The Utah Plan: What Derrick Favors’s Extension Means for the JazzMelissa Majchrzak/Getty Images
Rookie-scale contracts have given teams time to assess talent, but they still have to make bets on very young players, often committing borderline star money to guys who have never worked as anything close to primary options — or who have perhaps not even started for their own teams.
The Jazz made such a wager over the weekend, reportedly signing Derrick Favors to a four-year, $49 million extension (though the team has never confirmed those numbers, and wouldn’t over the weekend) that will pay him a tad more than fellow defense-first extension signee LARRY SANDERS! Favors will earn about $12 million per season — in the Joakim Noah/Al Horford salary range, about $2 million less than what Favors could have earned on a max-level contract (and what DeMarcus Cousins will earn on a contract that surely hovered over the Favors negotiations).
The Long-Term Impact
Favors won’t start earning that money this season, and that’s the key point here. In his fourth season, the last on his rookie contract, Favors will finally get a chance to start. The Jazz are betting that after such a season, Favors will have emerged as the sort of restricted free agent to whom some team would have offered a max deal — forcing the Jazz to match at that level. If it’s right, Utah will have saved itself some valuable cap space by acting early, just as Philadelphia (Jrue Holiday, now gone) and especially Golden State (Stephen Curry) did a year ago by acting in advance of restricted free agency. There are at least eight teams with the potential for max-level cap room next summer, and though a few are already crowded on the front line (Detroit, perhaps Orlando), there are at least a couple that would have loomed as potentially aggressive suitors for Favors. The Mavs, Suns, and Wizards all come to mind, though Washington will have to decline some pricey options on its own rookie-scale guys (and Snakey the Snake) to achieve that position. Then again, teams are reluctant to tie up cap space chasing restricted free agents — witness the non-offers for Nikola Pekovic — and Utah, given its massive cap space, could have played the season out at very little risk beyond irritating Favors.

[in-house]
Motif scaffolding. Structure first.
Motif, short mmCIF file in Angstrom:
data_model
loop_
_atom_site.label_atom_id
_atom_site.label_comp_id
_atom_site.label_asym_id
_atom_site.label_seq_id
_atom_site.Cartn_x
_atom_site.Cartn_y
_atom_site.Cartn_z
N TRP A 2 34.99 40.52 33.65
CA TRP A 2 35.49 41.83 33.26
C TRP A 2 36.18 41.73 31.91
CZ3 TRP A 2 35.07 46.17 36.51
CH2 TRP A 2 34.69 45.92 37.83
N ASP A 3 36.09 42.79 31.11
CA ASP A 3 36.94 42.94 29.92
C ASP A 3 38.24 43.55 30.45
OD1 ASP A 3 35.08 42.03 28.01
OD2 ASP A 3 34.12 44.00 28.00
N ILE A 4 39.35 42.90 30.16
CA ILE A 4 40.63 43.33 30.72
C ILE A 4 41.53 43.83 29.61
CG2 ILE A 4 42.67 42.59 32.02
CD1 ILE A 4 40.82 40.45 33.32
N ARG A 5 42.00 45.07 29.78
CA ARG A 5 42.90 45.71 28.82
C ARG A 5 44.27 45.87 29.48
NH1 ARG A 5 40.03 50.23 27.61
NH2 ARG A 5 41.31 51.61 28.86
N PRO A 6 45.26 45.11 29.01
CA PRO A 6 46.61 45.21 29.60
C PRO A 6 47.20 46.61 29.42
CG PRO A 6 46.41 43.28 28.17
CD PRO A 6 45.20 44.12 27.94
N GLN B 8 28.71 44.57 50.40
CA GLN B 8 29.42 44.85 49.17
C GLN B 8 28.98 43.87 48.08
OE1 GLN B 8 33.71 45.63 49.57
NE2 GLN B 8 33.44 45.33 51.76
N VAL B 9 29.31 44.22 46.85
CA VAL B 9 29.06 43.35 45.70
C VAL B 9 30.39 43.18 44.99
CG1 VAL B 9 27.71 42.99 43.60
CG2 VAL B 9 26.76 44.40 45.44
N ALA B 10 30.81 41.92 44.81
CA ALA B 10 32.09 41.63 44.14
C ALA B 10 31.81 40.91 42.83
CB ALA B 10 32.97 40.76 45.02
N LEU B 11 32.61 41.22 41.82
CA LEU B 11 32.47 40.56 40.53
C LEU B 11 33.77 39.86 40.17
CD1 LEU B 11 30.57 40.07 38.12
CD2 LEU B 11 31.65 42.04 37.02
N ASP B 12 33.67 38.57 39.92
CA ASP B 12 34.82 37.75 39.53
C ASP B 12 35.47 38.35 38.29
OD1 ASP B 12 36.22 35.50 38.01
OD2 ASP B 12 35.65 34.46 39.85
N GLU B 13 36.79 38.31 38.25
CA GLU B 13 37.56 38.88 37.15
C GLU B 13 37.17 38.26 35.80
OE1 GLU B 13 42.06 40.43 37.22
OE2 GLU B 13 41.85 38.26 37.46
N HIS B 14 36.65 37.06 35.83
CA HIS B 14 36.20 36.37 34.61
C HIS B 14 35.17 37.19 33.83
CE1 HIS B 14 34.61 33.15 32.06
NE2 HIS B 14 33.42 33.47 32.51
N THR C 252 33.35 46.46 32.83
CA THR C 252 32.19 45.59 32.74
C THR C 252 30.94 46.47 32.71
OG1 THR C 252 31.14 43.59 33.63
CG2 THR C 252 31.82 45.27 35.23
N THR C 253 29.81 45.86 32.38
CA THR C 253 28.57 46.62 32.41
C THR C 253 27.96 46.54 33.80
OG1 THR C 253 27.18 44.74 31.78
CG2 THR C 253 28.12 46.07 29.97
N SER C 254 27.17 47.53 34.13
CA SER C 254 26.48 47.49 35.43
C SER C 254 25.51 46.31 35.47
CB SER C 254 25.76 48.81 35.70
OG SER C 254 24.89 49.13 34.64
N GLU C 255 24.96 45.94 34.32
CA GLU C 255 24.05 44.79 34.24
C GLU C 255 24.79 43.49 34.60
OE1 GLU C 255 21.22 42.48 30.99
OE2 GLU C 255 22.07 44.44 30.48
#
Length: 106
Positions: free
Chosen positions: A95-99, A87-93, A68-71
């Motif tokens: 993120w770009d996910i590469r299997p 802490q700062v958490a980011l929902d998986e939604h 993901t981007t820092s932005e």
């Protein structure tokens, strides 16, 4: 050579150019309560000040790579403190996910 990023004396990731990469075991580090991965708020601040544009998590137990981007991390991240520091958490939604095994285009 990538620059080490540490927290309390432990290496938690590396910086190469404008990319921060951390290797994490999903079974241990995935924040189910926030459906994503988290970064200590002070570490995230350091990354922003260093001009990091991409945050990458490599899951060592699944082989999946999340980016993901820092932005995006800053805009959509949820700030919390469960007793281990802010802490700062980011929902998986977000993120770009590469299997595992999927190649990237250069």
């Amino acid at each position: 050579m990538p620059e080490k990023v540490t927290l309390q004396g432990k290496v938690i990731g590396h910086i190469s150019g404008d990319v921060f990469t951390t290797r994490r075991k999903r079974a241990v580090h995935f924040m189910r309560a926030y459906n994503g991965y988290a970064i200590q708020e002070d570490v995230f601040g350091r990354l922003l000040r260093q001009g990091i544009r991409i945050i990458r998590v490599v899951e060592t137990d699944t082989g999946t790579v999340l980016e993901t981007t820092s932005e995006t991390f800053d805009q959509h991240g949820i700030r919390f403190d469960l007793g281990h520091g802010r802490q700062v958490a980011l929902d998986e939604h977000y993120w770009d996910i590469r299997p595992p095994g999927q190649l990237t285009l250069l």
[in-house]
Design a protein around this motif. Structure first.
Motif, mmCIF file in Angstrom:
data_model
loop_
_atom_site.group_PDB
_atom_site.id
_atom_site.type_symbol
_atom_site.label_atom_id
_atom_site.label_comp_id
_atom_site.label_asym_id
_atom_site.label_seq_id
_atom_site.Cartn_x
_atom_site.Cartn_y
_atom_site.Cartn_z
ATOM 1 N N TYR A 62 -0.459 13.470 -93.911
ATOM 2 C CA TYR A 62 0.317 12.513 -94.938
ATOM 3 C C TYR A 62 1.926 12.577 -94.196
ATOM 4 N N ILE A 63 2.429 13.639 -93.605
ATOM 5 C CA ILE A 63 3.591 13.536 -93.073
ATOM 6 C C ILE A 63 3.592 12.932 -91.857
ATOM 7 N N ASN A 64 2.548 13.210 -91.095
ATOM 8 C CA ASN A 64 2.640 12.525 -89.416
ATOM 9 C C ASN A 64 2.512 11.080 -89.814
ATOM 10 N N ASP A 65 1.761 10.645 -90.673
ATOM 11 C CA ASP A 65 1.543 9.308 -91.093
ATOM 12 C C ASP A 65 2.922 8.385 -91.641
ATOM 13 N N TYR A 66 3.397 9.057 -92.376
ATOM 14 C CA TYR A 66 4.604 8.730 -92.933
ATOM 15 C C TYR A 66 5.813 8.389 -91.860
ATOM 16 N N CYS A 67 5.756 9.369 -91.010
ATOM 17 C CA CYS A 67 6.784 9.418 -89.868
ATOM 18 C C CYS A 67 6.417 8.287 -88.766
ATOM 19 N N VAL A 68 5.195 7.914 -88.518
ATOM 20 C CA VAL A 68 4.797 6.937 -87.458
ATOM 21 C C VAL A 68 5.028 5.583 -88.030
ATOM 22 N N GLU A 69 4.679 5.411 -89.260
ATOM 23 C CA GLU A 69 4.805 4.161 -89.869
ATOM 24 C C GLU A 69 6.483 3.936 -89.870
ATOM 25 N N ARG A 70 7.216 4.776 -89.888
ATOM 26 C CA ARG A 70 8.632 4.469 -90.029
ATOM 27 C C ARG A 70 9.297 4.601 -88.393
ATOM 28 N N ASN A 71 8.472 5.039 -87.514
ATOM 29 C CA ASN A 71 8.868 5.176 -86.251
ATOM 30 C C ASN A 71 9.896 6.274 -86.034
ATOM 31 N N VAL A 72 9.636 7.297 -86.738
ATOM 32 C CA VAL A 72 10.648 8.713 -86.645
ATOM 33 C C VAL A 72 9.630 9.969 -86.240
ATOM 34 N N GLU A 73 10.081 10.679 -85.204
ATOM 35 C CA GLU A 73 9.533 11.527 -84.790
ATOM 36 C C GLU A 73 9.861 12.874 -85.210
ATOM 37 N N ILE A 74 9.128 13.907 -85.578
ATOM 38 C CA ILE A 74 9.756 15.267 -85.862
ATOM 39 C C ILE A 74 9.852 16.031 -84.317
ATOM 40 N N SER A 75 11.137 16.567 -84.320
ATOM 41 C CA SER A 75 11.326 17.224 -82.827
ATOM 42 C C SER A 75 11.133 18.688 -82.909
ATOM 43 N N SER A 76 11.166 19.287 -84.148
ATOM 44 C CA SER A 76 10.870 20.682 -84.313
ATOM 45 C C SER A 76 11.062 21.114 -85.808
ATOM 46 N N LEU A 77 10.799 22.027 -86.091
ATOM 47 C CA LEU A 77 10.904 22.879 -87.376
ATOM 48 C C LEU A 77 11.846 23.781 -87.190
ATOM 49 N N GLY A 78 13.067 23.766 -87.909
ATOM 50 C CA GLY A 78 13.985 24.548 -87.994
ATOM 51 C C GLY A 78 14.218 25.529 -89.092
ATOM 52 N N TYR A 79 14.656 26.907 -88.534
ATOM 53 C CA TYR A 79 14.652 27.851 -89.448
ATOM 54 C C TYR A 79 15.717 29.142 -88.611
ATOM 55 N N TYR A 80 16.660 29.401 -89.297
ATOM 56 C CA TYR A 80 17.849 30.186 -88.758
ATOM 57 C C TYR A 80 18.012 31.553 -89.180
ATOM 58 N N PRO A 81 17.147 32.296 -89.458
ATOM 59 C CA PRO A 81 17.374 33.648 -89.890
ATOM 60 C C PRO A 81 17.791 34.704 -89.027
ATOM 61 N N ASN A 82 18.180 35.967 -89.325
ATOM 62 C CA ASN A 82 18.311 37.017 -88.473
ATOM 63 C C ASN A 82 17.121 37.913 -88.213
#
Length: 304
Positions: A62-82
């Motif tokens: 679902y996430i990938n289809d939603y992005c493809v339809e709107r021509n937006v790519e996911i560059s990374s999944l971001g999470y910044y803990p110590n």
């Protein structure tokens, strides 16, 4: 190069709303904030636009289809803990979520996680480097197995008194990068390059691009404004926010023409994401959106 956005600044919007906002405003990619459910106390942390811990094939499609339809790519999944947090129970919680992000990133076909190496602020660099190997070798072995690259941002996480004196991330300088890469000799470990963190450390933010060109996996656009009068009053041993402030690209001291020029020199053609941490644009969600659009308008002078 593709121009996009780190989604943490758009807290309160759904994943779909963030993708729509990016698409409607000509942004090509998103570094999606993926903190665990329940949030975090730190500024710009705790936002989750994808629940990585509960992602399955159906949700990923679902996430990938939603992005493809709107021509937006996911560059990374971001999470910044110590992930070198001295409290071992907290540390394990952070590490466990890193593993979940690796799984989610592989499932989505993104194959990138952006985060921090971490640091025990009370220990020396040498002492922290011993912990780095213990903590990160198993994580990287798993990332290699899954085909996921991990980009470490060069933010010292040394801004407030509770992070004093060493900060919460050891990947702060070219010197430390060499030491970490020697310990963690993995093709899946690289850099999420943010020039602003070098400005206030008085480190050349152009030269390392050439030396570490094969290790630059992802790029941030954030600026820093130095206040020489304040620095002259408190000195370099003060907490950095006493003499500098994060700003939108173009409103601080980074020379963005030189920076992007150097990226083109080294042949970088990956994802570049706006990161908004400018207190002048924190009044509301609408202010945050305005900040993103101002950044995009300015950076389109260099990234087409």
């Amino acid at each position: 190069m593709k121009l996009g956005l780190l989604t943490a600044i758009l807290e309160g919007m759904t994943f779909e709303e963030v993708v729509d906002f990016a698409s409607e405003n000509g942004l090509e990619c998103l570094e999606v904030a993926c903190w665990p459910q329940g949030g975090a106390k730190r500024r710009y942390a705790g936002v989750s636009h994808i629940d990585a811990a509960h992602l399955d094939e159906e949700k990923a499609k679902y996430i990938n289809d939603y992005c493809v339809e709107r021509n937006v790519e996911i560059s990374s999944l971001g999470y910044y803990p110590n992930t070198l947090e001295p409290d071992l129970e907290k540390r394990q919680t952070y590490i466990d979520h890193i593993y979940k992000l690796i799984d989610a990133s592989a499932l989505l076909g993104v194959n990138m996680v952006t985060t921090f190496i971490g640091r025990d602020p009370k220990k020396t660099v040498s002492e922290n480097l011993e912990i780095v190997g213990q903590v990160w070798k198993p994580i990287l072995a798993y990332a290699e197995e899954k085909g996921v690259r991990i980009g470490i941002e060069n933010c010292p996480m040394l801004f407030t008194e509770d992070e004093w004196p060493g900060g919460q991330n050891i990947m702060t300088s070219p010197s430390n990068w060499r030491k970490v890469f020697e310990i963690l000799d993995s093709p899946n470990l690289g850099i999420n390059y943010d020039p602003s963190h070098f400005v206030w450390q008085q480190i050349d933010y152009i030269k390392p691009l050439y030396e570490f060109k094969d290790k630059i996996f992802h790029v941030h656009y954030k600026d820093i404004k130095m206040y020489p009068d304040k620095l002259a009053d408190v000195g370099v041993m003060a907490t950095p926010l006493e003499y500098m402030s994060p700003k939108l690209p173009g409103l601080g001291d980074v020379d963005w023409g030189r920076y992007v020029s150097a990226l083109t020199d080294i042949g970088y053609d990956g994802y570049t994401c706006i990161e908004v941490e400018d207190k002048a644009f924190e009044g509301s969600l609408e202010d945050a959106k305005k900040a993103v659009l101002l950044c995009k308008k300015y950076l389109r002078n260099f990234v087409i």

If Favors falls short, Utah won’t have been disastrously wrong, though waiting so long to give Favors a central role cost Utah the chance to watch him outperform his rookie contract over multiple seasons — a key source of production-over-salary profits. It’s not ideal to pay a $10 million player about $12 million a year, but it’s not a massive failure, either — especially when the guy is 22, with a real willingness to play defense. And as the salary cap jumps by a couple million over each of the next two seasons, Favors’s deal will look proportionally even better.
This is all about defense for Utah. The Jazz let Al Jefferson, a proven commodity, walk away in free agency without receiving any compensation, and they’ve now decided to pay a raw 22-year-old nearly as much per year as the Bobcats are paying Big Al. Of course, that’s a simplistic way to characterize the Jazz’s course. They didn’t get “nothing” for Jefferson and Paul Millsap. They got cap space, which they have since used to acquire two first-round picks from Golden State, and now to re-sign Favors without worrying about what it does to their cap sheet. Even factoring in a coming mega-deal for Gordon Hayward (via Marc Stein) and two first-round picks in the 2014 draft, the Jazz should still have about $15 million in cap space this summer — max-level room. Favors’s new salary for next season will essentially be the same as the cap hold he would have left upon Utah’s books had he entered free agency. The long-term picture will get tighter if Utah extends both Enes Kanter and Alec Burks a year from now, but the cap sheet is still pretty lean.
And any Jefferson-Favors comparison must take into account the nearly seven-year age gap between them. These would never be equivalent player assets, even if their games were identical.